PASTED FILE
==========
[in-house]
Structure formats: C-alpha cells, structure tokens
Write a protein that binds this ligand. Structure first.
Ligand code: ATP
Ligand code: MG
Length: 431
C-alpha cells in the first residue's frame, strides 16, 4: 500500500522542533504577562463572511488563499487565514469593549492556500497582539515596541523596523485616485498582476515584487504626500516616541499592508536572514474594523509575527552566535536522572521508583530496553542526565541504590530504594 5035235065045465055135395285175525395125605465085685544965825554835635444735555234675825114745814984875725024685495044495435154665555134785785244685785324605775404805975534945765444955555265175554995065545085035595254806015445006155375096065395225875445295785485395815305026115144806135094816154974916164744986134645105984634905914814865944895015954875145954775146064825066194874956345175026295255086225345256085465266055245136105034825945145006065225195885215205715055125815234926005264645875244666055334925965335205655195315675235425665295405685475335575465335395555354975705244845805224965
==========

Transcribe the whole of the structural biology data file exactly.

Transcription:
[in-house]
Structure formats: C-alpha cells, structure tokens
Write a protein that binds this ligand. Structure first.
Ligand code: ATP
Ligand code: MG
Length: 431
C-alpha cells in the first residue's frame, strides 16, 4: 500500500522542533504577562463572511488563499487565514469593549492556500497582539515596541523596523485616485498582476515584487504626500516616541499592508536572514474594523509575527552566535536522572521508583530496553542526565541504590530504594 5035235065045465055135395285175525395125605465085685544965825554835635444735555234675825114745814984875725024685495044495435154665555134785785244685785324605775404805975534945765444955555265175554995065545085035595254806015445006155375096065395225875445295785485395815305026115144806135094816154974916164744986134645105984634905914814865944895015954875145954775146064825066194874956345175026295255086225345256085465266055245136105034825945145006065225195885215205715055125815234926005264645875244666055334925965335205655195315675235425665295405685475335575465335395555354975705244845805224965